Now, today, the bullet on her car seat.
Maybe she was in denial, but she didn't believe there was enough to take to the police. Individually, each incident could have an innocent explanationher kids, their friends, her staff, stress. How could she prove someone was watching her? She'd sound like a nut.
And if she went to the police, Lucy knew what would happen. They would notify Washington. Washington would feel compelled to come to Vermont and investigate. And so much for her low-profile life.
It wasn't that no one in town knew her father-in-law was Jack Swift, a powerful United States senator. Everyone knew. But she'd never made it an issue.
She was his only son's widow; Madison and J.T. were his only grandchildren. Jack would take charge. He would insist the Capitol Police conduct a thorough investigation and make sure his family wasn't drawing fire because of him.
Lucy couldn't imagine why anyone going after Jack would slip a bullet onto his widowed daughter-in-law's car seat. It made no sense. No. She was safe. Her children were safe. This was just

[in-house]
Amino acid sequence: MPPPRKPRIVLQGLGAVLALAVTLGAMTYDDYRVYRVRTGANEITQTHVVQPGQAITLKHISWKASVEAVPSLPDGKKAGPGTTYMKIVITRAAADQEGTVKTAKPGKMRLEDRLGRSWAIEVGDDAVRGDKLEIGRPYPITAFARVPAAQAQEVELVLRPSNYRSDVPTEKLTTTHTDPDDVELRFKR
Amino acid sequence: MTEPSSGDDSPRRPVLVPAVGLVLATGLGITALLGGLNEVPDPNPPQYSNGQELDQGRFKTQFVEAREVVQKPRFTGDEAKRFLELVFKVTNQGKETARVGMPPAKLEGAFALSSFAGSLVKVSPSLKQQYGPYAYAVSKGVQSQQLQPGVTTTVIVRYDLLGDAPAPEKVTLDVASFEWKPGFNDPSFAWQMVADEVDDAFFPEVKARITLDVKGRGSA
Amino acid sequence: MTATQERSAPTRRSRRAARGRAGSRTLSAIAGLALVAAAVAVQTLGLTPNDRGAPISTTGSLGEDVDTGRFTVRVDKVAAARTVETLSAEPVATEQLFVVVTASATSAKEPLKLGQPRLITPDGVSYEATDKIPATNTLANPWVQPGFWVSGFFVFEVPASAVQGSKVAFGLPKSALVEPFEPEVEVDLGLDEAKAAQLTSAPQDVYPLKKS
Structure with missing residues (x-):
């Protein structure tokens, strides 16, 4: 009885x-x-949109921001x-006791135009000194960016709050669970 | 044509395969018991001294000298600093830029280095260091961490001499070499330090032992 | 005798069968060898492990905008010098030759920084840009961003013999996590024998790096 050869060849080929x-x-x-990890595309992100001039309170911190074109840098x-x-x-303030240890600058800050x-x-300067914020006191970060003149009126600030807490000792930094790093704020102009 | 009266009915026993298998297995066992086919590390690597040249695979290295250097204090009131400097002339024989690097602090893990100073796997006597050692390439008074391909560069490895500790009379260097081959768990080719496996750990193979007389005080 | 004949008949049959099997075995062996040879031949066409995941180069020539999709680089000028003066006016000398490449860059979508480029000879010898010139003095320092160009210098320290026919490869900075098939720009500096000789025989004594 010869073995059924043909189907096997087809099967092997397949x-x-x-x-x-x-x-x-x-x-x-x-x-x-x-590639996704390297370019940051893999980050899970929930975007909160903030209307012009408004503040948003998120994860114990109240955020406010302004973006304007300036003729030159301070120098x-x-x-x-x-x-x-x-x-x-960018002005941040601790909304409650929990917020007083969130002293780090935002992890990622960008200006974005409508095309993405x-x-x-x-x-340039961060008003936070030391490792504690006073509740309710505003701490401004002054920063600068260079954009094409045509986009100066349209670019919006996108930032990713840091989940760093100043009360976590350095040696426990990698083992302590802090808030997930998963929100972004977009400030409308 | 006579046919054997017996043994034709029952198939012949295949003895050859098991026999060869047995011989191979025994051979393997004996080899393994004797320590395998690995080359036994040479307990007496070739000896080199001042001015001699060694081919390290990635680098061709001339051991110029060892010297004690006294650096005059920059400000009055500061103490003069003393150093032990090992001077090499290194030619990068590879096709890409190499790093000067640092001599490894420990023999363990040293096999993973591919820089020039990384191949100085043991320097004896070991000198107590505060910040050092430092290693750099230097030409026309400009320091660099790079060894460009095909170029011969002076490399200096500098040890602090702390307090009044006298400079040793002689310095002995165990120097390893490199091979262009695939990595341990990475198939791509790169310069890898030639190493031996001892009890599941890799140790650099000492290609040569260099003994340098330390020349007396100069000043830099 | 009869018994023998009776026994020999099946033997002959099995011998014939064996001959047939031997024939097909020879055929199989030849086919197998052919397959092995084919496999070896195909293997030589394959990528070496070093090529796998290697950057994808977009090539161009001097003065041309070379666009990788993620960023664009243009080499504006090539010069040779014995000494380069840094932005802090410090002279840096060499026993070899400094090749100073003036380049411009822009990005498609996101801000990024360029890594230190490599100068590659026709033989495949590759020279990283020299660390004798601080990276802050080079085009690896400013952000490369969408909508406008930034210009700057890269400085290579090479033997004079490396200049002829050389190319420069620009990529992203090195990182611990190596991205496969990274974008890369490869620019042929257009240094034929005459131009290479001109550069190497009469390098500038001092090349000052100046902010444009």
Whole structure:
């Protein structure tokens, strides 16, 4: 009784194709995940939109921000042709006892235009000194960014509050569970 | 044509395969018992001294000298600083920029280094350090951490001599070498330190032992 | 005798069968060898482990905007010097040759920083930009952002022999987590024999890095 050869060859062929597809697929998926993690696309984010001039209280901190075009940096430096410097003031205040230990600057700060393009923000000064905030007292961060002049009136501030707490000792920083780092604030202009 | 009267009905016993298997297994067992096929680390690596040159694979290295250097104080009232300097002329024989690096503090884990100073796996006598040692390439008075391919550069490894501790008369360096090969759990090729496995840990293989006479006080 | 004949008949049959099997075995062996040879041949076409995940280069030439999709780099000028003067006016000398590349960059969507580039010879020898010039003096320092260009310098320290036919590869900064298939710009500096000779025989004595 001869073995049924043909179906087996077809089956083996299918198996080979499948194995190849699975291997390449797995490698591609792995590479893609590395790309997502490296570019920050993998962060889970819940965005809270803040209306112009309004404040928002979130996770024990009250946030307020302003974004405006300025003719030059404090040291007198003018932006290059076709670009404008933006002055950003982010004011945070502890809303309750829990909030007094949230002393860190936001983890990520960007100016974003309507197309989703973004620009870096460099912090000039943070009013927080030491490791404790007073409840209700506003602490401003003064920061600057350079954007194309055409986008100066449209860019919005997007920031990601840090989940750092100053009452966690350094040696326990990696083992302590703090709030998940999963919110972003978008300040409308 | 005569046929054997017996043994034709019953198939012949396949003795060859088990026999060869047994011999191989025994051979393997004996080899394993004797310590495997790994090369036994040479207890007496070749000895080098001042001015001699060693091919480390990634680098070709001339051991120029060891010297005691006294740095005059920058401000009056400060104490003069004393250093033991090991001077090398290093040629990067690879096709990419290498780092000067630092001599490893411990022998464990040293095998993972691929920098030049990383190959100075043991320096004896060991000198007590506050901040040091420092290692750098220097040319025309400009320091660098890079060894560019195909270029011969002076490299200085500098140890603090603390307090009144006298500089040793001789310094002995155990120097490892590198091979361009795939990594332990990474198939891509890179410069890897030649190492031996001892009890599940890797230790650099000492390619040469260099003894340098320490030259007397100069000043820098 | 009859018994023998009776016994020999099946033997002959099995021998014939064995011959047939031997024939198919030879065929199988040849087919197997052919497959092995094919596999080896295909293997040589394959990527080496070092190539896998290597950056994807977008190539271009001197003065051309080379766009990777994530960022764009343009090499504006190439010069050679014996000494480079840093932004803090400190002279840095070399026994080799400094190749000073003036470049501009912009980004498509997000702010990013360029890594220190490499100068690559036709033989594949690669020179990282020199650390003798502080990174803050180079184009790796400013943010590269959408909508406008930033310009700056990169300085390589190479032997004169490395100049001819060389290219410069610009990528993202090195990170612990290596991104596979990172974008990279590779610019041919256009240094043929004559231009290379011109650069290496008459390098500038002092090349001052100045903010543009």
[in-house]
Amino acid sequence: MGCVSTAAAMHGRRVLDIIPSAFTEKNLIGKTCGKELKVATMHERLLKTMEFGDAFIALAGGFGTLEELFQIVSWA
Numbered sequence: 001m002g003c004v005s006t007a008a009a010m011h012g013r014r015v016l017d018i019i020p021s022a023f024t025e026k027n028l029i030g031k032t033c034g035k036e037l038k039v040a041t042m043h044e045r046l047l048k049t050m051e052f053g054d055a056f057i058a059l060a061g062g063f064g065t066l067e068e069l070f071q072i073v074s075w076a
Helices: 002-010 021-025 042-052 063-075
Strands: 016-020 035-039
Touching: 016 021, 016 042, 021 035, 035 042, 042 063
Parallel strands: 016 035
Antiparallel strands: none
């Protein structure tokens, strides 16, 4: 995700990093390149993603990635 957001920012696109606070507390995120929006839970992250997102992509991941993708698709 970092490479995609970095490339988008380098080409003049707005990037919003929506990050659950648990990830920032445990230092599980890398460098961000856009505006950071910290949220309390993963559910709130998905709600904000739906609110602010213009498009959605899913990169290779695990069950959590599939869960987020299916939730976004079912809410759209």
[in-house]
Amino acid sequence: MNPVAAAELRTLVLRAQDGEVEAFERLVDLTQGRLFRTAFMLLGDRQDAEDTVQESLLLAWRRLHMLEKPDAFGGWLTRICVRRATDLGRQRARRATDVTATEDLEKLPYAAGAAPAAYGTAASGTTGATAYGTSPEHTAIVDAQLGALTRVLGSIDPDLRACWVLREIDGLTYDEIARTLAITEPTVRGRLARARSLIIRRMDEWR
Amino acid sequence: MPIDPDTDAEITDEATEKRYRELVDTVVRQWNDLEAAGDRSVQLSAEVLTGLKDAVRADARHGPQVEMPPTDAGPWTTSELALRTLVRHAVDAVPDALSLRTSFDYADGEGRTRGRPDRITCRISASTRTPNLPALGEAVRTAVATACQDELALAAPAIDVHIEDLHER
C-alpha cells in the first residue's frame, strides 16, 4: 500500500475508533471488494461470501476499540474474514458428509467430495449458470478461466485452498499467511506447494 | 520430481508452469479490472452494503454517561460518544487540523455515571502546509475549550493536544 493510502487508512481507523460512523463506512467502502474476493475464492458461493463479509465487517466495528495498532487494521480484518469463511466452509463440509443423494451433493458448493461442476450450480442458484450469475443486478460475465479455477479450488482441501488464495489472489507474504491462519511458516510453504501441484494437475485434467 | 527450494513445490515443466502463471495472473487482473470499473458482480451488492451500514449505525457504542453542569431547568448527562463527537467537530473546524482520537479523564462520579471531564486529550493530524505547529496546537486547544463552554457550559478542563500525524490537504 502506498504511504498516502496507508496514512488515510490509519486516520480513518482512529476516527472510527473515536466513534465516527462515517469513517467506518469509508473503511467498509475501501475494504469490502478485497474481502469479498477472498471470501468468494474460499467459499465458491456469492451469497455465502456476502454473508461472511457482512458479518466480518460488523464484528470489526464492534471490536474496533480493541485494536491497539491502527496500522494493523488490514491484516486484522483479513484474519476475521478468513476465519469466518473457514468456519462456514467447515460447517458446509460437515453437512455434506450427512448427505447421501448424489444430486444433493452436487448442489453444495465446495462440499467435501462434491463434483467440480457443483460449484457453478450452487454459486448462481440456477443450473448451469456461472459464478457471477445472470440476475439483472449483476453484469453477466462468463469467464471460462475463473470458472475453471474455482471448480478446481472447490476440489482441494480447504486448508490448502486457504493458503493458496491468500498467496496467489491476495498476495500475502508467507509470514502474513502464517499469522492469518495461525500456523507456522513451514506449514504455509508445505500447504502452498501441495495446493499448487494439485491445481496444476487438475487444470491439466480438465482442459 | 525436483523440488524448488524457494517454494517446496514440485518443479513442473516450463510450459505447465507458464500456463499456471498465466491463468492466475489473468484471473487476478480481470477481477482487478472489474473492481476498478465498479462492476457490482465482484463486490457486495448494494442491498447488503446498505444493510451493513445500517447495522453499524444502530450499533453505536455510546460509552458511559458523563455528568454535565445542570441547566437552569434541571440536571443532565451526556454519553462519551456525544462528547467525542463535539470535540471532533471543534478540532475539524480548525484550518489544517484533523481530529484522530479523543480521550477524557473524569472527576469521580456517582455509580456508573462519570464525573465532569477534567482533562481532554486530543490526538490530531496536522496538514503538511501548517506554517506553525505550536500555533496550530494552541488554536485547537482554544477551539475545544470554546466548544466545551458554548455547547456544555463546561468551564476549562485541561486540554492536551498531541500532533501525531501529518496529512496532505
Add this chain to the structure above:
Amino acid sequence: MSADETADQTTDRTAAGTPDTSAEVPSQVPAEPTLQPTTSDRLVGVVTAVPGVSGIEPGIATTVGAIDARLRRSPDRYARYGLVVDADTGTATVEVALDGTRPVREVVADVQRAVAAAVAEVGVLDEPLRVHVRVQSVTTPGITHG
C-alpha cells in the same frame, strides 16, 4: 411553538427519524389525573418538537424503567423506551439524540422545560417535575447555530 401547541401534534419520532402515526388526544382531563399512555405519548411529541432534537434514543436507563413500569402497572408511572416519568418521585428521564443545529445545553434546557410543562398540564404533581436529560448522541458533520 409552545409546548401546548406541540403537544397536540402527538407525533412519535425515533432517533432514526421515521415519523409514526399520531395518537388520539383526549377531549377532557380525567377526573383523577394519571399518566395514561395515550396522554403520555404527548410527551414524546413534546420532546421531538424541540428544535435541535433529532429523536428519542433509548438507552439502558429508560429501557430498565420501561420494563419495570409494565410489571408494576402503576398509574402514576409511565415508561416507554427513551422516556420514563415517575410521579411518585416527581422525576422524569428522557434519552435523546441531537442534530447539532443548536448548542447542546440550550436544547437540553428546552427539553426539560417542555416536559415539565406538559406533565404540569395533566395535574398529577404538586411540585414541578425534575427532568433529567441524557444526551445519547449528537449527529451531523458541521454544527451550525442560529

Madison had started the engine and backed out onto the main road without Lucy noticing, much less providing comment and instruction. "You're doing great. My mind's wandering, that's all."
"What's wrong? Is it my driving?"
"No, of course not."
"Because I can get someone else to drive with me. It doesn't have to be you, if I make you nervous."
"You don't make me nervous. I'm fine. Just keep your eyes on the road."
Madison had a death grip on the steering wheel. Lucy realized she'd scared her daughter, who noticed everything. "Madison. You're driving. You can't allow yourself to get distracted."
"I know. It's you."
It was her. Lucy took a breath. She could feel the weight of the bullet in her pocket. What if it had worked its way under the seat and J.T. had found it? She shut off the stream of what-if scenarios. She'd learned from hard experience to stick with what was, which was difficult enough to absorb.
"Never mind me and drive."
Madison huffed, annoyed now. With her blue eyes and coppery hair, her introspective temperament and unbridled ambition, she was so like her father. Even Madison's two-week-old driving mannerisms were pure Colin Swift.